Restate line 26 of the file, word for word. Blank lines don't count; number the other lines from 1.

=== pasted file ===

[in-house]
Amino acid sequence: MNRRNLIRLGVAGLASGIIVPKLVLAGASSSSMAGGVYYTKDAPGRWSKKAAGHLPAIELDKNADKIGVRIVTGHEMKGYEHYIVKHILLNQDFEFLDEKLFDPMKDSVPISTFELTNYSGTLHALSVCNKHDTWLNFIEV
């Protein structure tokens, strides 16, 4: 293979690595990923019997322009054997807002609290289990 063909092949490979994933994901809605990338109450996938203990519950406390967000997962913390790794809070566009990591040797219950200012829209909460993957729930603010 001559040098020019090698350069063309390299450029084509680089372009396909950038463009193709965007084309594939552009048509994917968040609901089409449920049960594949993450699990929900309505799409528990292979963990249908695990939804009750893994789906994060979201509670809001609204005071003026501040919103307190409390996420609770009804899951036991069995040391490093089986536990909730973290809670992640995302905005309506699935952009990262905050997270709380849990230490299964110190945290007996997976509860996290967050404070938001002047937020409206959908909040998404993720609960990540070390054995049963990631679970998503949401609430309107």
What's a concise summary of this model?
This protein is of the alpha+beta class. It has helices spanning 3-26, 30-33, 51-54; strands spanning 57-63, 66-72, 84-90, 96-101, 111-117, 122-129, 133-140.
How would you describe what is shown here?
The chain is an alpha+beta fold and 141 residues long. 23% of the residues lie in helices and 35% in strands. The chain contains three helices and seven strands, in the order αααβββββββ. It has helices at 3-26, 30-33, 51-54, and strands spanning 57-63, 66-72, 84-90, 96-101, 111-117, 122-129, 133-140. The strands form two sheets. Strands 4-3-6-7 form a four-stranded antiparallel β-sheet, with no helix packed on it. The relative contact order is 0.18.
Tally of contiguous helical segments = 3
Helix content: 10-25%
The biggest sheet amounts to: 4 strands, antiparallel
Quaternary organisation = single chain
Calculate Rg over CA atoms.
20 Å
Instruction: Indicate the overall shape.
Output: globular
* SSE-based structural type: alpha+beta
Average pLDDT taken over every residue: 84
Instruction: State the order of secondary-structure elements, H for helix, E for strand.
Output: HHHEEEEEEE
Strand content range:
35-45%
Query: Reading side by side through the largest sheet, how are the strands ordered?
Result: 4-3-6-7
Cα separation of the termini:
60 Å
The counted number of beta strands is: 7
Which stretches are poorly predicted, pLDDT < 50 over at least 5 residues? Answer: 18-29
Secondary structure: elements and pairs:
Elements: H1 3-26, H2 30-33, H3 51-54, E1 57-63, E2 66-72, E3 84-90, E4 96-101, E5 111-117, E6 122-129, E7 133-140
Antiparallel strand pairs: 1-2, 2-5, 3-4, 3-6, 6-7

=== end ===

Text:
The counted number of beta strands is: 7